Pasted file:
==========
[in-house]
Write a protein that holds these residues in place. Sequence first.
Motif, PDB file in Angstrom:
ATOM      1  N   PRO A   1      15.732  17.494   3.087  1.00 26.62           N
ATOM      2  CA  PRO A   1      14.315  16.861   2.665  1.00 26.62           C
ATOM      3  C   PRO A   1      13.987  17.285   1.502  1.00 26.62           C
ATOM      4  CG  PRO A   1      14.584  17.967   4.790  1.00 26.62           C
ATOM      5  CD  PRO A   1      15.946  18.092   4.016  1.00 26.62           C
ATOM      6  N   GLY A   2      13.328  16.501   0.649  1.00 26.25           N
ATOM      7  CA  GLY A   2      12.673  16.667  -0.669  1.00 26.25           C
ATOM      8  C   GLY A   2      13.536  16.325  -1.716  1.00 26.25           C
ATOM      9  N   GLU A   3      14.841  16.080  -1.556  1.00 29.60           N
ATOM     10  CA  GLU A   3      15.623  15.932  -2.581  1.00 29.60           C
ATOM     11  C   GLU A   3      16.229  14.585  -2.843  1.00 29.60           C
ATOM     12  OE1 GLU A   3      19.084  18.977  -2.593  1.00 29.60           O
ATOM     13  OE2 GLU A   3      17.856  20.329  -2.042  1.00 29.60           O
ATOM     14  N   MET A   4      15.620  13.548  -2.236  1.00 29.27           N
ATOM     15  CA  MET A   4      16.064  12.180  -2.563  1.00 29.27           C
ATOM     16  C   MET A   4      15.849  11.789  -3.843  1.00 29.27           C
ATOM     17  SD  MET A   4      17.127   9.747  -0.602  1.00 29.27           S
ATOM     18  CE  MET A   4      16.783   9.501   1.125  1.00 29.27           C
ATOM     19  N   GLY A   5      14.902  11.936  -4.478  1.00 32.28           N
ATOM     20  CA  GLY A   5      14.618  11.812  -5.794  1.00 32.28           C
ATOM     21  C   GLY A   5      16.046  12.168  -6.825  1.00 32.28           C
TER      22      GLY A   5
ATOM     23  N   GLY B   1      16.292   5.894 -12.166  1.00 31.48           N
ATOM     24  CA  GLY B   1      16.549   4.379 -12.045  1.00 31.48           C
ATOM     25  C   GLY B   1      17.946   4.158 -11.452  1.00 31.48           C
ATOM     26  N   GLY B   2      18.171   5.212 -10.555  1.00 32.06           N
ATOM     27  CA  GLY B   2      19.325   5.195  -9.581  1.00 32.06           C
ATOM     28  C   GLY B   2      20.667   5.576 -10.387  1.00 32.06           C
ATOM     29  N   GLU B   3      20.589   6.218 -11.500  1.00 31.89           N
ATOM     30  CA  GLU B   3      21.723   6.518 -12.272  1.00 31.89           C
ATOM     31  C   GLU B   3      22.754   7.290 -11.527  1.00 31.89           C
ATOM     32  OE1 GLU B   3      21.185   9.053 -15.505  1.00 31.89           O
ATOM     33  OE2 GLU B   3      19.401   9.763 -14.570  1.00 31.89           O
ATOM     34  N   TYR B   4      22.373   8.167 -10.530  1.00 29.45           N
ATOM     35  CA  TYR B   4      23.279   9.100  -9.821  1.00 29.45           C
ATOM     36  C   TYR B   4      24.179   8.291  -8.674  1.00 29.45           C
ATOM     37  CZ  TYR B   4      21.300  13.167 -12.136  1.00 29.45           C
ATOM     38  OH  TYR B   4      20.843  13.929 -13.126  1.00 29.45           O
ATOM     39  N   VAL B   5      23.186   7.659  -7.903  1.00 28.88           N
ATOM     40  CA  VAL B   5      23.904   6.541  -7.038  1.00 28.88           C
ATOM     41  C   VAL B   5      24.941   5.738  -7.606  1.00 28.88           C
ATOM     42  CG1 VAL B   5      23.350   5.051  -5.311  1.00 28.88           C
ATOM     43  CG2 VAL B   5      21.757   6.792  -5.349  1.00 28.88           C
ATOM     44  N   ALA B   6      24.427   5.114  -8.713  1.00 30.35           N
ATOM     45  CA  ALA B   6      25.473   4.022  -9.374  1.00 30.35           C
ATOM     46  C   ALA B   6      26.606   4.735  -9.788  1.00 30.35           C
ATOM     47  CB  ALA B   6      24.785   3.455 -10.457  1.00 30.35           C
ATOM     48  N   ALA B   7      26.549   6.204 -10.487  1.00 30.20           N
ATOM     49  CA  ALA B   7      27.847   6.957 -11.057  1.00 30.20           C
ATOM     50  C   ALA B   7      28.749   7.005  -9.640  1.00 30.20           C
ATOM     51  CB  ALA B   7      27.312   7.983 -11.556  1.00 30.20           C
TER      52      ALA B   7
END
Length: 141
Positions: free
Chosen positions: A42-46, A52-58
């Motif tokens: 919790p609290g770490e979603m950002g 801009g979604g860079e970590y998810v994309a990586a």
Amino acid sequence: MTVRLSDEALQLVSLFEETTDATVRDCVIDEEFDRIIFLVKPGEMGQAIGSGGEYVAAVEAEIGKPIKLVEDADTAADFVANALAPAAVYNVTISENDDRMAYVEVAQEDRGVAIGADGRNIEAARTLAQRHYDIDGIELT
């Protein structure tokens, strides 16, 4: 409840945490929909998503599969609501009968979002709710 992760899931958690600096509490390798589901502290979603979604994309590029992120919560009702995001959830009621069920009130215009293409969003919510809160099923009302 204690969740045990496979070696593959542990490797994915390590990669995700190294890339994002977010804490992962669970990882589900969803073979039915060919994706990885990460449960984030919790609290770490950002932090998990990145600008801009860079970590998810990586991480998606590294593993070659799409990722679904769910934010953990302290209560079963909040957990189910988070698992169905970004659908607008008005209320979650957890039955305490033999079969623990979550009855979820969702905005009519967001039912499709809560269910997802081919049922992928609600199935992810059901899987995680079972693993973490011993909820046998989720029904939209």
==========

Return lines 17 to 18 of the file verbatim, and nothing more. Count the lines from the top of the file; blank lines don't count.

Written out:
ATOM     14  N   MET A   4      15.620  13.548  -2.236  1.00 29.27           N
ATOM     15  CA  MET A   4      16.064  12.180  -2.563  1.00 29.27           C